What is Diction?
Jul 29, 2014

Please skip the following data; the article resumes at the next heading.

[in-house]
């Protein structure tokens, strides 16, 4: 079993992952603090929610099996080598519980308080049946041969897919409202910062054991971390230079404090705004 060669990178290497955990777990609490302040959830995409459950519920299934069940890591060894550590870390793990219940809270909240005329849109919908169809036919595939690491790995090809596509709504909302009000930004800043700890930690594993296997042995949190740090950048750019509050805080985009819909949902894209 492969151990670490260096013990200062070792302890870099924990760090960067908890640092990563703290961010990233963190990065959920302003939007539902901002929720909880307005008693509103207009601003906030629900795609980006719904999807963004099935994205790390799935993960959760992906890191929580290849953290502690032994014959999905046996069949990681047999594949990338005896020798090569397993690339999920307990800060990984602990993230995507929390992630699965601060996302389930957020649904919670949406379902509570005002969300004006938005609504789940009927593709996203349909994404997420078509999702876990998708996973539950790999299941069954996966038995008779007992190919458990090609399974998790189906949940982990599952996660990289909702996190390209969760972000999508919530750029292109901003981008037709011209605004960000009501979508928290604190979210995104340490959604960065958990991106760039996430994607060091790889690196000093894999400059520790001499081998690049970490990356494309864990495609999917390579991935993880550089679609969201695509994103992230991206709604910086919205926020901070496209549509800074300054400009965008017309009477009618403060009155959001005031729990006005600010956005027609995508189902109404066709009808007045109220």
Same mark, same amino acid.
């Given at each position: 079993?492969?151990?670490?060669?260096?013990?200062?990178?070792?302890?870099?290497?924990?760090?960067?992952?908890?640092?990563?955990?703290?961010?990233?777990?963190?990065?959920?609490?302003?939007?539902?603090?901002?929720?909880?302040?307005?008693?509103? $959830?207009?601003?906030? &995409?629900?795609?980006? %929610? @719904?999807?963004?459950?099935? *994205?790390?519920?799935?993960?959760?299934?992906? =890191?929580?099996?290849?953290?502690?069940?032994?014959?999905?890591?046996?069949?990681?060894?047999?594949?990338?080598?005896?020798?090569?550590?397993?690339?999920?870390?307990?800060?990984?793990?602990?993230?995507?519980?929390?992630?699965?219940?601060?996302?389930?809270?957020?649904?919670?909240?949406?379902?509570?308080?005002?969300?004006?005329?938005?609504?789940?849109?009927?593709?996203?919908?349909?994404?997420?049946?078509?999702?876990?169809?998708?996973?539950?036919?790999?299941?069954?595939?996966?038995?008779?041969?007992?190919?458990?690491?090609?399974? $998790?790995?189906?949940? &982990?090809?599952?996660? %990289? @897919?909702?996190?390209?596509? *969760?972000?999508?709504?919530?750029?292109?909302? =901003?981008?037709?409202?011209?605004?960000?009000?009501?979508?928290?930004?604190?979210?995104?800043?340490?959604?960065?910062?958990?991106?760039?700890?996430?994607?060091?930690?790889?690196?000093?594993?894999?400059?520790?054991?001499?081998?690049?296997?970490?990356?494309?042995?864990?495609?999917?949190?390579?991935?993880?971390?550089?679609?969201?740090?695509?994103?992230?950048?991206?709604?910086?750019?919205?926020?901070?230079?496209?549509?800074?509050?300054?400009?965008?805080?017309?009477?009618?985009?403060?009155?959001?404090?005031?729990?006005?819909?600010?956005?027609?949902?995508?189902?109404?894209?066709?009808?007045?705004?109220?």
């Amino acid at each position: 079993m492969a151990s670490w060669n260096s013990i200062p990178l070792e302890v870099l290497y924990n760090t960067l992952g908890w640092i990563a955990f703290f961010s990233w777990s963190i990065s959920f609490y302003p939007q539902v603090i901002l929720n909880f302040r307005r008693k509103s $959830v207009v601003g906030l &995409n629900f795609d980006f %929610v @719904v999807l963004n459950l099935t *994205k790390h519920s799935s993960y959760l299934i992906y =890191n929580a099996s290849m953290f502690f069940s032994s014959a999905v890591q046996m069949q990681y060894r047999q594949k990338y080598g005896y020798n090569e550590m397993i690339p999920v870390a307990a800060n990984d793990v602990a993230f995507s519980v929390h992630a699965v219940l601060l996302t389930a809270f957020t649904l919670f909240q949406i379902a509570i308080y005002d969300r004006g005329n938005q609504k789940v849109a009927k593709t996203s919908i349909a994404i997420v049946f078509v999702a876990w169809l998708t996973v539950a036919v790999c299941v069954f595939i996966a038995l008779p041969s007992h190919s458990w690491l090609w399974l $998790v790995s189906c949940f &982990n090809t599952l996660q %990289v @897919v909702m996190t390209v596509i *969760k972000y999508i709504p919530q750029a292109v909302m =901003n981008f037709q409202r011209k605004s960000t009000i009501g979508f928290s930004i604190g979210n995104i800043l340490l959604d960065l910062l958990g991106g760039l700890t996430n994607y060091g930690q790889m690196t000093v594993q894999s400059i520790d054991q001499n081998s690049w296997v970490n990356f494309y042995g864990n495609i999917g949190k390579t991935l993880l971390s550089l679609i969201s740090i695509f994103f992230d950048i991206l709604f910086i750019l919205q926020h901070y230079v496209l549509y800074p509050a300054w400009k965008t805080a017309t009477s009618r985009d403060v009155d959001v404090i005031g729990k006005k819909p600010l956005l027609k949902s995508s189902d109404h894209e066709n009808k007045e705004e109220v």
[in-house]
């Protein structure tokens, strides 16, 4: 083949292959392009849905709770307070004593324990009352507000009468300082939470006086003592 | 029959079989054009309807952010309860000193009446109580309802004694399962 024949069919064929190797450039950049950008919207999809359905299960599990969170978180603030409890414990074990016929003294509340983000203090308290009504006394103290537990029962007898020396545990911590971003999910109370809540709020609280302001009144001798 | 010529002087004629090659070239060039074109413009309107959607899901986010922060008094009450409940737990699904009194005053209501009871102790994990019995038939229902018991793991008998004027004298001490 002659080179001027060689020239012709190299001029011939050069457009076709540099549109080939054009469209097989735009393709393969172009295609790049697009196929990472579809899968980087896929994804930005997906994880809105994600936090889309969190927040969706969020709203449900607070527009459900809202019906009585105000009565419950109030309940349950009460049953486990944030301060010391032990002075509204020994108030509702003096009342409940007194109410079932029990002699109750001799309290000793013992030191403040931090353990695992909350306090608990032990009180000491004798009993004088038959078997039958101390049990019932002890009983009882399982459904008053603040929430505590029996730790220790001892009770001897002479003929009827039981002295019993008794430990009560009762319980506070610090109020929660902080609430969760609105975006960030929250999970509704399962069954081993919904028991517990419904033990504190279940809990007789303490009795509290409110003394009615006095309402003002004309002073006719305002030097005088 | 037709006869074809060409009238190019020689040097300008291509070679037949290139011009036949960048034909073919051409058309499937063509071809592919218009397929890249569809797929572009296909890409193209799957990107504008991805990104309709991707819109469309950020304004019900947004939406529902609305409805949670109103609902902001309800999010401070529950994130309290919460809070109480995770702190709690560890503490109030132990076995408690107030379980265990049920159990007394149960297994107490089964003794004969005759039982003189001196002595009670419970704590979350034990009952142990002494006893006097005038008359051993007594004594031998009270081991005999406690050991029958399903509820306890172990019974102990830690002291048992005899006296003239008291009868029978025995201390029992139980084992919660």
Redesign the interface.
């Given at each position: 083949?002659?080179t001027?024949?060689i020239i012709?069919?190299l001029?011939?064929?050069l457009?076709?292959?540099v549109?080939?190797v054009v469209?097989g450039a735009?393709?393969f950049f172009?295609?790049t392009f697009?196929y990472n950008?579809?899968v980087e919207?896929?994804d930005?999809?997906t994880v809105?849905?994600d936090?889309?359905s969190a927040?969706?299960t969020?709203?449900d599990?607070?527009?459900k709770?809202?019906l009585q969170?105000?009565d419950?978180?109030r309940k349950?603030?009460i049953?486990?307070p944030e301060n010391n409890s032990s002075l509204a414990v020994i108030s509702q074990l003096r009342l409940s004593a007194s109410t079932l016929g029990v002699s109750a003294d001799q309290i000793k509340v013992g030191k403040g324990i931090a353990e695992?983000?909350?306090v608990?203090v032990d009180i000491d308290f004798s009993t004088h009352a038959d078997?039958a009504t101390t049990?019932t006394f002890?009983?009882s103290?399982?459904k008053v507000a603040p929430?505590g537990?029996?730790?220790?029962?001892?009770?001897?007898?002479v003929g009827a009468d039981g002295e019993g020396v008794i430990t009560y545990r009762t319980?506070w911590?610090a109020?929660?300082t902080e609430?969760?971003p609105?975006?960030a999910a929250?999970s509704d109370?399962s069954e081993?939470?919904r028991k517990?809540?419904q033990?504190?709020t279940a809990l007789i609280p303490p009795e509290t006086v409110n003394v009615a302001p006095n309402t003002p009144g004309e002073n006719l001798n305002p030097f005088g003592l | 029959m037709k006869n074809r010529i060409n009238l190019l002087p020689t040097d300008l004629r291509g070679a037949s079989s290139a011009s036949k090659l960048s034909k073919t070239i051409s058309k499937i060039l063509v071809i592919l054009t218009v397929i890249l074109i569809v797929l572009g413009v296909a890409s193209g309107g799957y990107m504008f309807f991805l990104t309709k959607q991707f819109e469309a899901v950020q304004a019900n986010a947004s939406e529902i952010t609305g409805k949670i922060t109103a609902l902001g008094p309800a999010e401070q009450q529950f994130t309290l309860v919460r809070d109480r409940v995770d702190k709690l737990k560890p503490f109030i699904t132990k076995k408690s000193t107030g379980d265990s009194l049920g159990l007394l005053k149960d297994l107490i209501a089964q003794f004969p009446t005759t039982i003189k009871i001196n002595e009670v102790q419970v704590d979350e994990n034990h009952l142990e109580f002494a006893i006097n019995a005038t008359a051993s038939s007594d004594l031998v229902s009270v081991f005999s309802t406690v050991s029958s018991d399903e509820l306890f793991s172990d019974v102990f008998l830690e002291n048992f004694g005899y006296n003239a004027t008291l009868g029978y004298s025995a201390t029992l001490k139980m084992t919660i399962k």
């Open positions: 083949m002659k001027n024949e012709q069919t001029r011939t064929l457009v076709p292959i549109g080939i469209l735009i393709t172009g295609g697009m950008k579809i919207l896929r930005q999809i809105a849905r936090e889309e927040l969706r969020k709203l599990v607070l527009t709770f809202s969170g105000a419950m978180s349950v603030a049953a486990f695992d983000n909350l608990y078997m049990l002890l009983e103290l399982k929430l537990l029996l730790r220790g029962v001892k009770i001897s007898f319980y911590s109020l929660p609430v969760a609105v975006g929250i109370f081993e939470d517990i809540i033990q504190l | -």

Educational videos. Hello everyone. This is mister Herman or hologram Herman coming at you like Tupac from the future. And I'm giving you guys a lesson today and something called diction. Diction is one of those skills that's going to help you better hone your writer's voice and let's get started by looking at present. The first question today, of course, is what is diction? Diction is how an author chooses words to best communicate their point of view. And everything with writing involves choice. So the question is, when you're writing out of all those thousands of words that you know, which word is best for which situation, you think about this when you're texting your Friends, you think about this when you're talking when you're writing an English website. So let's start examining this topic by looking at the difference between two words. Upset and furious. They both mean angry, but you wouldn't use one in a situation for the other. For instance, in the example below, I was upset when I found out you cheated on me with Lisa. Or I was furious when I found out you cheated on me with a list with listen. We got upset. And then we have furious. Depending on how you feel on certain moment, you may use one word over the other. I would guess that most people would be furious if they found out their significant honor was cheating as opposed to upset. Unless of course they weren't too into them the first place. That's what diction is all about. It's choosing one word over another for a very specific reason. If you want to show that you're really angry, you use furious. If you use upset in that scenario, the person doesn't think you're that angry. Now when you choose words, a few things come to mind. One of those things is denotation. Denotation is the dictionary definition of a word. It's the literal meaning of a word. So when you choose a word, there is the dictionary behind you. That's back. And you open with meaning. Let's take that example from the previous page. If you're upset, the dictionary defines that as just being nervous, irritable. But if you're furious, you are full of fury. You have a violent passion of rage, extremely angry. So that's how we figure out which words to choose. Diction is based part on denotation, the dictionary definition. But that's not it. There's also something called connotation. It's the emotional background of a word. The cultural feeling in different cultures there are different vibes behind words, and you have to choose them carefully. So even though one word may be defined in the dictionary as meaning one thing. We might know as a culture, it feels different. Let me give you an example. Imagine there's an old man at a restaurant trying to get the wages attention. He just finished his corned beef sandwich. And he says, pardon me, ma'am. Can I have my check? That's one way. But what if we replace man with pardon me toots? Can I have my check? Twitch has a totally different feeling than men. They both may be defined in dictionary being a woman, but man is polite, man has reverence for the lady, whereas tuts, it's a chauvinistic derogatory way. He might get slapped for calling that woman puts. Our culture is full of these differences in connotation. As a teacher, if I call my students, young people that shows that I'm being polite and I respect them. But if I call them young bulls, that is a word that shows that I think that they are inexperienced, I think that they may even be a little cowardly. So there's a big difference in word choice. Diction means a lot. It also means a lot when you're dealing with formal versus informal situations. Now a job interview is a formal situation. Let me show you what I mean by formal. Formal diction is when you contain when you have language that creates an elevated tone of elevated means higher, meaning fancier. Some scenarios like a job interview, like a English paper, they should be free of slang, they should be elegant in their word choice. You're going for something more efficient, like Barack Obama barrio given a speech. He's not going to use words like John. He's going to say American people. And things that are very formal. Now with informal language, that stuff that's more relaxed. You're hanging out with your Friends. You're on Twitter. You are texting someone. It's conversational. We use it every day. It's not bad, it's not good. It's just different than formal. Let's take a look at these two examples. This is taken from a website called Purdue island. It's a great way to find English writing resources. Now, when you're writing an essay for English class, you're probably going to be using formal language and creative writing, we're going to use both. But let's say English class. The original paragraph is more informal. When I started thinking about getting a new job, I was completely clueless. I knew I wanted to do something really cool, but I was lost about what might fit the bill. You want to have something more elevated as that definition tells us if you want to make it formal. You just got to change a few words. Got to change the diction. When I started thinking about getting in your job, I was overwhelmed by my options and unsure of what to choose. That's different than completely clueless. You sound fancier. While I knew I wanted to do something interesting, I was uncertain of what that might be. Really cool and interesting, obviously different. So depending on the situation, you're going to change your diction, depending on the connotation and denotation of word. You're going to change your diction. There's also something called strong diction versus weak diction. Now, in our culture, we've overused words. We've beaten them to death through overuse. And that makes them boring. So if you don't want your writing to be boring, you're going to substitute these weak words with strong words. Now if a boy threw his spaghetti on the walls, that's one thing. But if the boy painted the walls with his spaghetti, that's totally different. Just by changing that word painted, you're making the kids seem almost like he's a Picasso, like he's enjoying throwing his food upon the walls. Through doesn't give you as much of a visual idea behind it. So in this class, I'm going to teach you more about when to use words with certain connotations, the denotations of words, where there's formal and informal diction, and how to beef up your word choice. So you're writing is interesting because you're all interesting people and I want you ready to be that way too.